We carry an optimist dinghy for the boys to sail, strapped across the port bow trampoline. Luca has had some good mileage out of it. But our first 24 hours of pounding on this trip, waves thrown with force upwards through the trampoline, took its toll and the dinghy came adrift. It seems that the wooden backing plate that Conrad and myself had so lovingly improvised back in NZ had finally rotted through and disintegrated, the dinghy was being launched with each wave, and the tramp itself had lost it’s lashings. Not good. My initial thought was to jettison the dinghy as I was concerned about it damaging the deck, but Rebecca encouraged me to find another way and after some two hours of wave-drenched re-strapping we managed to secure it. This was clearly destined to be one of those types of passages.

But the rest of the trip has gone, if not smoothly, perhaps bearably, and tonight we approach our first island landfall after four busy days at sea. Given the vagaries of wind and sea, it’s impossible to accurately predict arrival times, but somehow we always manage to time arrivals at reef-strewn and poorly charted islands at night, leaving us no option but to slow down or stand-off and wait for daylight. So we’ve slowed ourselves right down, and we’re plodding along at a sedate 4 knots, enjoying the reduced slamming this provides.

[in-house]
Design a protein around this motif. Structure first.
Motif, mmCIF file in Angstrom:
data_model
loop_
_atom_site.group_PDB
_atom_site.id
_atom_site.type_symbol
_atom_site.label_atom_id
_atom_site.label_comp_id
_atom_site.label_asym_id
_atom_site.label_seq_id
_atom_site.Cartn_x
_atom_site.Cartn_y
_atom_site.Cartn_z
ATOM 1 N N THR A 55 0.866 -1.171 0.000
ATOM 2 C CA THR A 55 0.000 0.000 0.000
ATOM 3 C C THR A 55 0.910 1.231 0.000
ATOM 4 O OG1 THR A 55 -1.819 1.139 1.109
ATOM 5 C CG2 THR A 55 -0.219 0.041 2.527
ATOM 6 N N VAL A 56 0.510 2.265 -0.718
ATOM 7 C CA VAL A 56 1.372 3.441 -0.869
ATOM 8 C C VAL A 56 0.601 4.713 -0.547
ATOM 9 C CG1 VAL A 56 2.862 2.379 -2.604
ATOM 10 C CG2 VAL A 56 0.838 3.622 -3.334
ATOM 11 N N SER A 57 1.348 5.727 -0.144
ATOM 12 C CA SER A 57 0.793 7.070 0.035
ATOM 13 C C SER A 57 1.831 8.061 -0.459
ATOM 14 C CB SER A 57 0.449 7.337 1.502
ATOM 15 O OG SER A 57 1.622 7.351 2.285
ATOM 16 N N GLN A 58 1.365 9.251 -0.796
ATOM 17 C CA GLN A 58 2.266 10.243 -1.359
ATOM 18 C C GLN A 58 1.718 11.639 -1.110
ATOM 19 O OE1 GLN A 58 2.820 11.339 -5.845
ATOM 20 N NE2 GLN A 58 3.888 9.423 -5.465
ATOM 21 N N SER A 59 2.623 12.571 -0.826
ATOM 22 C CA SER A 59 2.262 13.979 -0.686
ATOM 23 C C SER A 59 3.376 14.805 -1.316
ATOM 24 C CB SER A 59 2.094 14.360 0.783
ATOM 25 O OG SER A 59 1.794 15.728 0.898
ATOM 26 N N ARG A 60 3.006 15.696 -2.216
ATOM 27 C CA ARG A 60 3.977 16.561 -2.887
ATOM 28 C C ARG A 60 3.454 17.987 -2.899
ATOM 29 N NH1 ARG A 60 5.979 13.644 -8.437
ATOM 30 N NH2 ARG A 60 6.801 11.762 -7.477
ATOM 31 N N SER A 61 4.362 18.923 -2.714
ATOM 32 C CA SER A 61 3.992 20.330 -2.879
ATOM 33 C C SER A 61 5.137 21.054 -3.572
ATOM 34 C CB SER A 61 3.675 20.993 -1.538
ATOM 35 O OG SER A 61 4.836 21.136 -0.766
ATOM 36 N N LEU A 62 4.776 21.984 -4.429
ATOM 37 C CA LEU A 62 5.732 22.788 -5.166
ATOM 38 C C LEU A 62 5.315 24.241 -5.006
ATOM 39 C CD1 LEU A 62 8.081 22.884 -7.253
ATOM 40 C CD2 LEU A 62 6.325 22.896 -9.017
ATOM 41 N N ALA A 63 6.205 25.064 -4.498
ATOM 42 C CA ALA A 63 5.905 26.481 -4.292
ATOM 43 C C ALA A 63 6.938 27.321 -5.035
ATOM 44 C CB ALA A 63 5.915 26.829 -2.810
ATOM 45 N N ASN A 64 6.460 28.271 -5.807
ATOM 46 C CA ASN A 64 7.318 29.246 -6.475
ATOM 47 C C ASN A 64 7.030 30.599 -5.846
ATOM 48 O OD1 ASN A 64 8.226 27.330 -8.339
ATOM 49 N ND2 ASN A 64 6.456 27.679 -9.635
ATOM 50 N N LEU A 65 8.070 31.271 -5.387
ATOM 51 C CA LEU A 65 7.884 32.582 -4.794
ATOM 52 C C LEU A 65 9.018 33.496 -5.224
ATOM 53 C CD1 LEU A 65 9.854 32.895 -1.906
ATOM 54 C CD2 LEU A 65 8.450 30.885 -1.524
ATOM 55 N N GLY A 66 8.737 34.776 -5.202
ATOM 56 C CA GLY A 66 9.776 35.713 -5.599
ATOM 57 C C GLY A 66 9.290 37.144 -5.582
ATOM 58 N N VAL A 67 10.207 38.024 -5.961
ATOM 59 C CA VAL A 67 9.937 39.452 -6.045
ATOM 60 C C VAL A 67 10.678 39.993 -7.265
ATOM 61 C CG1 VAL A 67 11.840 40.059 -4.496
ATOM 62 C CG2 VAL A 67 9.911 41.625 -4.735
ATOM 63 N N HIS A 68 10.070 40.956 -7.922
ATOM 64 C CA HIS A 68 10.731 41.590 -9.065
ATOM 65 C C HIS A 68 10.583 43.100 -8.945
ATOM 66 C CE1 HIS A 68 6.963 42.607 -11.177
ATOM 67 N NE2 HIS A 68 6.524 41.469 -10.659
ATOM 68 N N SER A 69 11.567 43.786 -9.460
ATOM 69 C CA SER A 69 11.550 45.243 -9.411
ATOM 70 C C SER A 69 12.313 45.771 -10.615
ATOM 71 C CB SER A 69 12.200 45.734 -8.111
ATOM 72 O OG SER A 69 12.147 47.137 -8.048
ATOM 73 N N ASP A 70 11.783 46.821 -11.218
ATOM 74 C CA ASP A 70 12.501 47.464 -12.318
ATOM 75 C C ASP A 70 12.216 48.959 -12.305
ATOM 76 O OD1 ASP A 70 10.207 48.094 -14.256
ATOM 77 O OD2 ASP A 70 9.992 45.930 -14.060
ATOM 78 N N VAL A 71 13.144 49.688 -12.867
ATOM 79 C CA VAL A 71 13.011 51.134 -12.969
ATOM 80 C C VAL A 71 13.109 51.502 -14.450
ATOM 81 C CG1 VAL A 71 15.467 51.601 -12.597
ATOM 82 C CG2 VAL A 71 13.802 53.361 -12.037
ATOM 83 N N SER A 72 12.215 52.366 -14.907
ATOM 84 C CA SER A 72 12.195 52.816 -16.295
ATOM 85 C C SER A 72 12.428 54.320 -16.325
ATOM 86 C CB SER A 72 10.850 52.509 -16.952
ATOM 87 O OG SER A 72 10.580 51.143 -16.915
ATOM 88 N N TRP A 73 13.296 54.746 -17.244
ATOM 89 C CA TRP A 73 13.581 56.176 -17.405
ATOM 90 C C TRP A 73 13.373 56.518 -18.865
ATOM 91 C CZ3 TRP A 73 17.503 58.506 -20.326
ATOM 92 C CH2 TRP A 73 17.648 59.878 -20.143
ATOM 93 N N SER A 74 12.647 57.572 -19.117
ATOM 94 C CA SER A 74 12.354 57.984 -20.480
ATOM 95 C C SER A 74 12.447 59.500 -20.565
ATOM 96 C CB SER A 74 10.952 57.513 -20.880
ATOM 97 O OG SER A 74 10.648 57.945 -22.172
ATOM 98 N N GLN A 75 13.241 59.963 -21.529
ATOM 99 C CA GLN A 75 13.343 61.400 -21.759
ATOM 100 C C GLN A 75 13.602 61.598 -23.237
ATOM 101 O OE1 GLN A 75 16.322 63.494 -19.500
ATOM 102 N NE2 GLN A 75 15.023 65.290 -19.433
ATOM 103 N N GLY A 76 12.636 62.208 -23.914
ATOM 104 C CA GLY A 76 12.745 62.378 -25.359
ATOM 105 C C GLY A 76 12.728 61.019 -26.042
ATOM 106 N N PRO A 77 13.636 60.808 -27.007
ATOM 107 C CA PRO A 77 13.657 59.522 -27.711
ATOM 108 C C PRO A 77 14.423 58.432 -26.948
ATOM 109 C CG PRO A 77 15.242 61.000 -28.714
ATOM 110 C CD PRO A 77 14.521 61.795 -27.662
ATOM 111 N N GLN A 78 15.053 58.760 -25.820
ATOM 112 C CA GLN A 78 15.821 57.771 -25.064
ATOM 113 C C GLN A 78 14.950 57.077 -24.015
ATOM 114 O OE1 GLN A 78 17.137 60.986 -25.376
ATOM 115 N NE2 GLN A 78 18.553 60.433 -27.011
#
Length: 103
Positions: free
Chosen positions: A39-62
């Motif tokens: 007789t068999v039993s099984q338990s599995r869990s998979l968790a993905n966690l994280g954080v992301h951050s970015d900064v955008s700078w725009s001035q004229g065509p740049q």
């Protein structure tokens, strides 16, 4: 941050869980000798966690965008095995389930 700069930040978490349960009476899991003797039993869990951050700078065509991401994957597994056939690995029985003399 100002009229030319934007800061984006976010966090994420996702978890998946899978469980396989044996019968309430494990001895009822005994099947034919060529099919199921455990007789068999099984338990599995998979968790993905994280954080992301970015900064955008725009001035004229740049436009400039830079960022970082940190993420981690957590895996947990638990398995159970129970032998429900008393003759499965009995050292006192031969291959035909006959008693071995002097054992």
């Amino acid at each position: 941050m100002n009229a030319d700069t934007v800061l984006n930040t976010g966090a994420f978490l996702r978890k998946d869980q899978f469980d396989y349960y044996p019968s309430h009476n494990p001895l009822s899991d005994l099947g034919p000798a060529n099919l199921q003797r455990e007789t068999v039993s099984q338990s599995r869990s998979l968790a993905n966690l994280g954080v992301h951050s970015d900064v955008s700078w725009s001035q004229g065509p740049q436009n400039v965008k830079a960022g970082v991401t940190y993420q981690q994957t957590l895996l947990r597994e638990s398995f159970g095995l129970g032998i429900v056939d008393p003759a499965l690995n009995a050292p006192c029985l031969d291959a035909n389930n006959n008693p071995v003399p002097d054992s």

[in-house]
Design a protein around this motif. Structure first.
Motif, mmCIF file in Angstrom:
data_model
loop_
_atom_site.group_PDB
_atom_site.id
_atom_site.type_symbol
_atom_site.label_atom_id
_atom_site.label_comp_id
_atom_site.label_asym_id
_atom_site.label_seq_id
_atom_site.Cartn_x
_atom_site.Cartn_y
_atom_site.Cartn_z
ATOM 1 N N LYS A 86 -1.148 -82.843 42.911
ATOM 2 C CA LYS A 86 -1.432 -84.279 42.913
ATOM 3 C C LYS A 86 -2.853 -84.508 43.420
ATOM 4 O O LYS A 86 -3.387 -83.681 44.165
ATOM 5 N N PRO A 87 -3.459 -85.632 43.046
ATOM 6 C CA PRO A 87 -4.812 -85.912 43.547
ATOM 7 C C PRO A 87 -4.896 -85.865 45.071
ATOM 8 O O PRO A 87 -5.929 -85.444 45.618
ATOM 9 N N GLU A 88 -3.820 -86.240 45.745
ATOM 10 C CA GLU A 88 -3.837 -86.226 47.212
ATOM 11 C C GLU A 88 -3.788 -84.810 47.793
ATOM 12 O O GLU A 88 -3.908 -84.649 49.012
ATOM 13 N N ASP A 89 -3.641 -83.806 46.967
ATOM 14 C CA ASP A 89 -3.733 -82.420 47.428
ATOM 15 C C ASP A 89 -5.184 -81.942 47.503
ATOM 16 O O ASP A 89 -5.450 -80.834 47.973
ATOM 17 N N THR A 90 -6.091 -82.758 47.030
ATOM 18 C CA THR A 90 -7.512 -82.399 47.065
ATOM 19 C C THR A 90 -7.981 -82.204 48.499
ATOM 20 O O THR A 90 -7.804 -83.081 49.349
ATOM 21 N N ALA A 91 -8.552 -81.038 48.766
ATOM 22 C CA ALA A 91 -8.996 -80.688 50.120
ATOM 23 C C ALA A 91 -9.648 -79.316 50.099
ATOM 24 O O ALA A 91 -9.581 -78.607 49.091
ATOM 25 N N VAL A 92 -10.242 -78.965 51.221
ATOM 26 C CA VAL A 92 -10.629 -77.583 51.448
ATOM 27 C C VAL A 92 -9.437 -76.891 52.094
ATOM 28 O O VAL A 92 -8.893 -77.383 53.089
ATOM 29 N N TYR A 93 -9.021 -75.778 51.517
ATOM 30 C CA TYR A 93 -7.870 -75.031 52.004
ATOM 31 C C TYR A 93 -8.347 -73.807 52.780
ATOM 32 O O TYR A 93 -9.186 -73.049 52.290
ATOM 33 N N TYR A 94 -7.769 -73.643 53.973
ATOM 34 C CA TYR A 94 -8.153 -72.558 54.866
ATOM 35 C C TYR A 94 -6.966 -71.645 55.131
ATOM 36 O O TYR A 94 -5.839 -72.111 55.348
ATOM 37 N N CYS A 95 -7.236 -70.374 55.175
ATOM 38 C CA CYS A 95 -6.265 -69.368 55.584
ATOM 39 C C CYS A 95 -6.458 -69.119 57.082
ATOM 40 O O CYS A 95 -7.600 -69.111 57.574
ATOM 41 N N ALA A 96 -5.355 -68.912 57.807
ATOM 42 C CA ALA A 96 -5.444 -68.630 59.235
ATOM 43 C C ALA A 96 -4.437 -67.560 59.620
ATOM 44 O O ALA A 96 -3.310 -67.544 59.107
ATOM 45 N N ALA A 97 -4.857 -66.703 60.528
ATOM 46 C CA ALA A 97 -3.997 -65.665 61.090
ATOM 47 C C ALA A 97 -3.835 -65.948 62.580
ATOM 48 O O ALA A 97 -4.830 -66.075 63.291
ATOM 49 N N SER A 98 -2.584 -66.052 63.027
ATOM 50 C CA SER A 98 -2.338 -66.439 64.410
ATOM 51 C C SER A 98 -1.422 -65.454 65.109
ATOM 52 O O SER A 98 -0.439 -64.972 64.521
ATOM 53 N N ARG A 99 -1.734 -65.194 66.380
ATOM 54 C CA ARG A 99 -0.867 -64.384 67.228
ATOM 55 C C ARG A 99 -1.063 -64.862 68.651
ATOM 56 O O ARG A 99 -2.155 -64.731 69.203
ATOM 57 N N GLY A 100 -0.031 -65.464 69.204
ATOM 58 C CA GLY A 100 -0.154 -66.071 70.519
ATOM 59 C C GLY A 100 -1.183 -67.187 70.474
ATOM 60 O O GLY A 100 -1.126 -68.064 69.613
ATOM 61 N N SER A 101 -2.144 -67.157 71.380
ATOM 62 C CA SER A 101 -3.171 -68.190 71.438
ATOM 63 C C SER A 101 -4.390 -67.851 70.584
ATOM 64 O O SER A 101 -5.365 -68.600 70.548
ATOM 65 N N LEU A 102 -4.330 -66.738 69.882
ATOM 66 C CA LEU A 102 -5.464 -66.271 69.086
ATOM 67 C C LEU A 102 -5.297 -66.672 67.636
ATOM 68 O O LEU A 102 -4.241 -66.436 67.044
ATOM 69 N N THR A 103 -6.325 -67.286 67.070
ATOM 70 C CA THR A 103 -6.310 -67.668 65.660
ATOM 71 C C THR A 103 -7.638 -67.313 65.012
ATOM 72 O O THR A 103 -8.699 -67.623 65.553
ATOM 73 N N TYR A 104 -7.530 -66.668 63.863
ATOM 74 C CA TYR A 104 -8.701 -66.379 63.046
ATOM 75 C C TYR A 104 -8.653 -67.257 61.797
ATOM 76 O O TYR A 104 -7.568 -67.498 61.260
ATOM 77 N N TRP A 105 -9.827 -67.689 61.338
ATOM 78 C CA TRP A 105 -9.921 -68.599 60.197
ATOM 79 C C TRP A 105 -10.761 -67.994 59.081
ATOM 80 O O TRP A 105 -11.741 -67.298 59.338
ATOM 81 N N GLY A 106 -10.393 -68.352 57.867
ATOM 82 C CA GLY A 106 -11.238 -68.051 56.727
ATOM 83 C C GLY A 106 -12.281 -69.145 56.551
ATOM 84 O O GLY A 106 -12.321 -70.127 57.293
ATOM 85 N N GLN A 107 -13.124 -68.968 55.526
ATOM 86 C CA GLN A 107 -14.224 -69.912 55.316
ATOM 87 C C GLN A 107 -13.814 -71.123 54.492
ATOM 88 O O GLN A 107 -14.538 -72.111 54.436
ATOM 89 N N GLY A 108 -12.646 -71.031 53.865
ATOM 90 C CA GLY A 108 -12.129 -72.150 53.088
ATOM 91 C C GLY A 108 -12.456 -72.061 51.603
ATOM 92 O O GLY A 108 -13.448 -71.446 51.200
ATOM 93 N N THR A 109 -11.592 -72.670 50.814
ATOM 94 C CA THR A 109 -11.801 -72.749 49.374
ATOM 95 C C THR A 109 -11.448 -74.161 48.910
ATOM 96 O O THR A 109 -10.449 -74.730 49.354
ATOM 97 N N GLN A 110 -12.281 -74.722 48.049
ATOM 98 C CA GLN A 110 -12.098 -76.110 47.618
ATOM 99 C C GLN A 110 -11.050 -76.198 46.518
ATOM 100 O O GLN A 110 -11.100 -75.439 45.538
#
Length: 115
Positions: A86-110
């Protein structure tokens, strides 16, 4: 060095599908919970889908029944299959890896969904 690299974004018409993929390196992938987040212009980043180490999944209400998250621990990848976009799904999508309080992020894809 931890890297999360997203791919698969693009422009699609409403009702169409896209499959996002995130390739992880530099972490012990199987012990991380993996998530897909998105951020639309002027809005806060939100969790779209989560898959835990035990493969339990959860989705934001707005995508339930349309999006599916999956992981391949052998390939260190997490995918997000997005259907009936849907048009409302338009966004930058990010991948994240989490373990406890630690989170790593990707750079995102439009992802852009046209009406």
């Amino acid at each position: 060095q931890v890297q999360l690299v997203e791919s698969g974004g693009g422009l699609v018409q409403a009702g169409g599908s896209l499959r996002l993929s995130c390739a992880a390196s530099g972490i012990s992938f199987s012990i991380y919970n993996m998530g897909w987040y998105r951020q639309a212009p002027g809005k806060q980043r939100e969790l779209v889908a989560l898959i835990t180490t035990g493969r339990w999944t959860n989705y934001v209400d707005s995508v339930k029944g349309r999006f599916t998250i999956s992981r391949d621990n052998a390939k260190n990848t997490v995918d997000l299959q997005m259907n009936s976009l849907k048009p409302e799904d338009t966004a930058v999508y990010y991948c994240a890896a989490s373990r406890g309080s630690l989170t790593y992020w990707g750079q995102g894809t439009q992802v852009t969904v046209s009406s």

We’ve decided to make the Duchateau Islands our immediate destination. They are three small atolls, perhaps no more than sand cays in one case, sitting just inside the outer reef. A couple of other yachts have recommended this is an easy first stop, as they are near our route into the island group, they are supposedly quite beautiful, but also uninhabited so should allow us some time to get the boat back in order and recover ourselves tidy up, dry out and sleep before taking on the more energetic activity of interacting with curious villagers, visiting canoes and demanding local kids; and figuring out how what to do with all this aid. We plan to stop here for 2 or 3 days, collect ourselves, make necessary repairs (poor old Rebecca will be out with her sail repair kit again I fear), then start our cruise proper within the wider lagoon. Next destination still to be decided – a plan unencumbered by any planning! – but we have lots of yacht advice and hand-drawn charts to work through, and plenty of time to figure it out.

Limping up to PNG